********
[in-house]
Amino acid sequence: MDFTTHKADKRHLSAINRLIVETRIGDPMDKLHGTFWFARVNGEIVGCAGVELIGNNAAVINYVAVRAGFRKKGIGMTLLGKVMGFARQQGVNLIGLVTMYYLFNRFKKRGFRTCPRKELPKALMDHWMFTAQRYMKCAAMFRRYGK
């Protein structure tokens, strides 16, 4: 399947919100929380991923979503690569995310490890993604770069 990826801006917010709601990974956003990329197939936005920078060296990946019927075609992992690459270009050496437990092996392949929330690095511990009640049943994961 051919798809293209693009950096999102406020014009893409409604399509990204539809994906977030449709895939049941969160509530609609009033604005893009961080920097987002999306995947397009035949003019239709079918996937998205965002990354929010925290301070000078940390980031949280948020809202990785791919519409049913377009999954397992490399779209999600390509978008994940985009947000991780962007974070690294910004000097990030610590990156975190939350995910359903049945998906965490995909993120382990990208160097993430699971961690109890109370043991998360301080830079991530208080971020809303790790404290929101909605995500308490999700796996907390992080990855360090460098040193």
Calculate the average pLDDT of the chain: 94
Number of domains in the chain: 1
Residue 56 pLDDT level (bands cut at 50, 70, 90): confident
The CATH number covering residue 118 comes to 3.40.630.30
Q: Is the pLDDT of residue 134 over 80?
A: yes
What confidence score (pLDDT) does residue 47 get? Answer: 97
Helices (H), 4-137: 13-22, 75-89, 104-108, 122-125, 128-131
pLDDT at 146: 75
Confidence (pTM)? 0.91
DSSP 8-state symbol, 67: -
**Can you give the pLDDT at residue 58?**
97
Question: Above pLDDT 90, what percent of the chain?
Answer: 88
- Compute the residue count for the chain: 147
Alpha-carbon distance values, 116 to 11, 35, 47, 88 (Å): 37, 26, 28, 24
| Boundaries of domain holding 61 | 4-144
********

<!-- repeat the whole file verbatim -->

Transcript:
[in-house]
Amino acid sequence: MDFTTHKADKRHLSAINRLIVETRIGDPMDKLHGTFWFARVNGEIVGCAGVELIGNNAAVINYVAVRAGFRKKGIGMTLLGKVMGFARQQGVNLIGLVTMYYLFNRFKKRGFRTCPRKELPKALMDHWMFTAQRYMKCAAMFRRYGK
């Protein structure tokens, strides 16, 4: 399947919100929380991923979503690569995310490890993604770069 990826801006917010709601990974956003990329197939936005920078060296990946019927075609992992690459270009050496437990092996392949929330690095511990009640049943994961 051919798809293209693009950096999102406020014009893409409604399509990204539809994906977030449709895939049941969160509530609609009033604005893009961080920097987002999306995947397009035949003019239709079918996937998205965002990354929010925290301070000078940390980031949280948020809202990785791919519409049913377009999954397992490399779209999600390509978008994940985009947000991780962007974070690294910004000097990030610590990156975190939350995910359903049945998906965490995909993120382990990208160097993430699971961690109890109370043991998360301080830079991530208080971020809303790790404290929101909605995500308490999700796996907390992080990855360090460098040193």
Calculate the average pLDDT of the chain: 94
Number of domains in the chain: 1
Residue 56 pLDDT level (bands cut at 50, 70, 90): confident
The CATH number covering residue 118 comes to 3.40.630.30
Q: Is the pLDDT of residue 134 over 80?
A: yes
What confidence score (pLDDT) does residue 47 get? Answer: 97
Helices (H), 4-137: 13-22, 75-89, 104-108, 122-125, 128-131
pLDDT at 146: 75
Confidence (pTM)? 0.91
DSSP 8-state symbol, 67: -
**Can you give the pLDDT at residue 58?**
97
Question: Above pLDDT 90, what percent of the chain?
Answer: 88
- Compute the residue count for the chain: 147
Alpha-carbon distance values, 116 to 11, 35, 47, 88 (Å): 37, 26, 28, 24
| Boundaries of domain holding 61 | 4-144